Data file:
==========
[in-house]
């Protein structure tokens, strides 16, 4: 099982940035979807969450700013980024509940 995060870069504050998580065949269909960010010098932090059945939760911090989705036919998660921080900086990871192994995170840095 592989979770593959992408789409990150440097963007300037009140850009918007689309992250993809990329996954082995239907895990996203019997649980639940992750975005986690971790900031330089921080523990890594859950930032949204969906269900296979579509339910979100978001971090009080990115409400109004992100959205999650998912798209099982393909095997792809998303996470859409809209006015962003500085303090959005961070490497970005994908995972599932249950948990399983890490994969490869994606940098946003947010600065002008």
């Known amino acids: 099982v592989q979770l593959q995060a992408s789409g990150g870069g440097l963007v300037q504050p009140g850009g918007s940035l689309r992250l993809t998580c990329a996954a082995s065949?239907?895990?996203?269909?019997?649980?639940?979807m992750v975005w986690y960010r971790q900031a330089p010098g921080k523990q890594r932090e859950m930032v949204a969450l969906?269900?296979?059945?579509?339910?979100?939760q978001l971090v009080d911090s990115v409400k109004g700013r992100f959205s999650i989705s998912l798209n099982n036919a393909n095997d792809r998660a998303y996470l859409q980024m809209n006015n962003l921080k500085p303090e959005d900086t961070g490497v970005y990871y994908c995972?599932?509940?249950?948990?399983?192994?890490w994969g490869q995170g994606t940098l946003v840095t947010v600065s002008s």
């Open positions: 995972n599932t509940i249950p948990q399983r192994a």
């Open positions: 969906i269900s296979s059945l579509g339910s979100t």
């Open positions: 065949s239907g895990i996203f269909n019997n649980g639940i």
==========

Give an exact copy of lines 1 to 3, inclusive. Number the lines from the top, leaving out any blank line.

[in-house]
């Protein structure tokens, strides 16, 4: 099982940035979807969450700013980024509940 995060870069504050998580065949269909960010010098932090059945939760911090989705036919998660921080900086990871192994995170840095 592989979770593959992408789409990150440097963007300037009140850009918007689309992250993809990329996954082995239907895990996203019997649980639940992750975005986690971790900031330089921080523990890594859950930032949204969906269900296979579509339910979100978001971090009080990115409400109004992100959205999650998912798209099982393909095997792809998303996470859409809209006015962003500085303090959005961070490497970005994908995972599932249950948990399983890490994969490869994606940098946003947010600065002008």
């Known amino acids: 099982v592989q979770l593959q995060a992408s789409g990150g870069g440097l963007v300037q504050p009140g850009g918007s940035l689309r992250l993809t998580c990329a996954a082995s065949?239907?895990?996203?269909?019997?649980?639940?979807m992750v975005w986690y960010r971790q900031a330089p010098g921080k523990q890594r932090e859950m930032v949204a969450l969906?269900?296979?059945?579509?339910?979100?939760q978001l971090v009080d911090s990115v409400k109004g700013r992100f959205s999650i989705s998912l798209n099982n036919a393909n095997d792809r998660a998303y996470l859409q980024m809209n006015n962003l921080k500085p303090e959005d900086t961070g490497v970005y990871y994908c995972?599932?509940?249950?948990?399983?192994?890490w994969g490869q995170g994606t940098l946003v840095t947010v600065s002008s």